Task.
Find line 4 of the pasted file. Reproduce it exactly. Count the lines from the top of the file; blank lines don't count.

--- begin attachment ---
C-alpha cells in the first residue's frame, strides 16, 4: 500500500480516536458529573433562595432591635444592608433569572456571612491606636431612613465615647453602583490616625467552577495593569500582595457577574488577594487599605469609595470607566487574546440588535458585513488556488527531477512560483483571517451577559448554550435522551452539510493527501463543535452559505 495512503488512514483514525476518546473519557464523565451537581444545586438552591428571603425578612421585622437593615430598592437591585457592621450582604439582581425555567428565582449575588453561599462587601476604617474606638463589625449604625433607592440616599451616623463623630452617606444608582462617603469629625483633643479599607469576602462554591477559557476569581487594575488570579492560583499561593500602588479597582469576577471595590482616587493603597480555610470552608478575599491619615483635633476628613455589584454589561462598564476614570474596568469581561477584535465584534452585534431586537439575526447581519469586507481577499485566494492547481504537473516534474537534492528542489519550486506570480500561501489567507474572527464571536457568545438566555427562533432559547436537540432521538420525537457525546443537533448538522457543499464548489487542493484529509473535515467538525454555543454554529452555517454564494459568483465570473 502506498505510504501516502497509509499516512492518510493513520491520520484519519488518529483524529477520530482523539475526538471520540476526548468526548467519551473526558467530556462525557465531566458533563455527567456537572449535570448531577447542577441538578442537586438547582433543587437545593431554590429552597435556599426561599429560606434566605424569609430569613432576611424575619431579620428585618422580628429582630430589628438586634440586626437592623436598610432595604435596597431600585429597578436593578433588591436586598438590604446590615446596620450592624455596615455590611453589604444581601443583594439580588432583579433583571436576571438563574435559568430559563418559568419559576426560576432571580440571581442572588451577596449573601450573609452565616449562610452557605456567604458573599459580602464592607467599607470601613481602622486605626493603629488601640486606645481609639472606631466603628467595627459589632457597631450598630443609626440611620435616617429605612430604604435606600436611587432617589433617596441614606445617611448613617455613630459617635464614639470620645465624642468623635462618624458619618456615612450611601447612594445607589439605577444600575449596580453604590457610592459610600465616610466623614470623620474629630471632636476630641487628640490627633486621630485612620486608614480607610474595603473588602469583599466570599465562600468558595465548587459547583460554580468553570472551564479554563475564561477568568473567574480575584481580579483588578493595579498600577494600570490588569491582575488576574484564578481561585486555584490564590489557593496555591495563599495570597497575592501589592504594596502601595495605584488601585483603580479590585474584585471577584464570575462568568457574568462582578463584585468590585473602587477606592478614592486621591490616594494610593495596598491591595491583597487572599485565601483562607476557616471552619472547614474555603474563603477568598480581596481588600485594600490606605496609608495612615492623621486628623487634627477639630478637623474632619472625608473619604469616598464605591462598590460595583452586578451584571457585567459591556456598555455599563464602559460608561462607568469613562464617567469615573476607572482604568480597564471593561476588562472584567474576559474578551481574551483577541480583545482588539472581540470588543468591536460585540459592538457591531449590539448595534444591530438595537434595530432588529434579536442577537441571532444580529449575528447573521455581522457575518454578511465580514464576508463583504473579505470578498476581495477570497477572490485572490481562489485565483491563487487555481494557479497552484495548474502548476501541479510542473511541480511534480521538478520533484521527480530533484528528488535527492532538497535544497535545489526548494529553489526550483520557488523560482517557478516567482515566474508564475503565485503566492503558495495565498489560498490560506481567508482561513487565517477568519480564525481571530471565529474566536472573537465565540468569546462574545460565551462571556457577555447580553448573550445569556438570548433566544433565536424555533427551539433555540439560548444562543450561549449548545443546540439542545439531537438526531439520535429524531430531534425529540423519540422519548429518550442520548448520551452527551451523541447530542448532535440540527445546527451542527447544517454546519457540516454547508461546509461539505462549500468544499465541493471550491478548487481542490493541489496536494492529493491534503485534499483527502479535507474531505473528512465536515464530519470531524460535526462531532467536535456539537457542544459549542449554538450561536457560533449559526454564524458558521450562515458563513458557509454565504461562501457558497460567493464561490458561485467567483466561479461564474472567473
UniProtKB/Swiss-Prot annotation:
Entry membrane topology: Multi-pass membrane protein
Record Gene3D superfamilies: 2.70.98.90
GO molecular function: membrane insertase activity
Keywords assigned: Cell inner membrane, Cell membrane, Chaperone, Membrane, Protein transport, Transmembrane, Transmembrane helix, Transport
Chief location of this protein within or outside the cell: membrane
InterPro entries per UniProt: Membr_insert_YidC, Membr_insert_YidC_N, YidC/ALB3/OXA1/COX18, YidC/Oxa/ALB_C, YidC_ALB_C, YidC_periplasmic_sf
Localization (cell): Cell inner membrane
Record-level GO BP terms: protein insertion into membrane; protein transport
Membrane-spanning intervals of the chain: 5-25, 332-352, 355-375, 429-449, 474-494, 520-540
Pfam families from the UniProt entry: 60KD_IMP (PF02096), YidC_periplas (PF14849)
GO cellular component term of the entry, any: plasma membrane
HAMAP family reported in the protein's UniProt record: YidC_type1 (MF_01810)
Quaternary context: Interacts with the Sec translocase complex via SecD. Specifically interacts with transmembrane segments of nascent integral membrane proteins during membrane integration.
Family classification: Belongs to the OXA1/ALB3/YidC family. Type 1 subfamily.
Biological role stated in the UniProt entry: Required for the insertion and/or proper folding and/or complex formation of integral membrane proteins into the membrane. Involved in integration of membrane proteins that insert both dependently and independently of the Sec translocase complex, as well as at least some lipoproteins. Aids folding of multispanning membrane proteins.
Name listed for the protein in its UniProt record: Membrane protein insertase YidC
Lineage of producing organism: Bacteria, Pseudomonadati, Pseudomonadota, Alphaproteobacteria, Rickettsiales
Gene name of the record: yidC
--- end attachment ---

Record Gene3D superfamilies: 2.70.98.90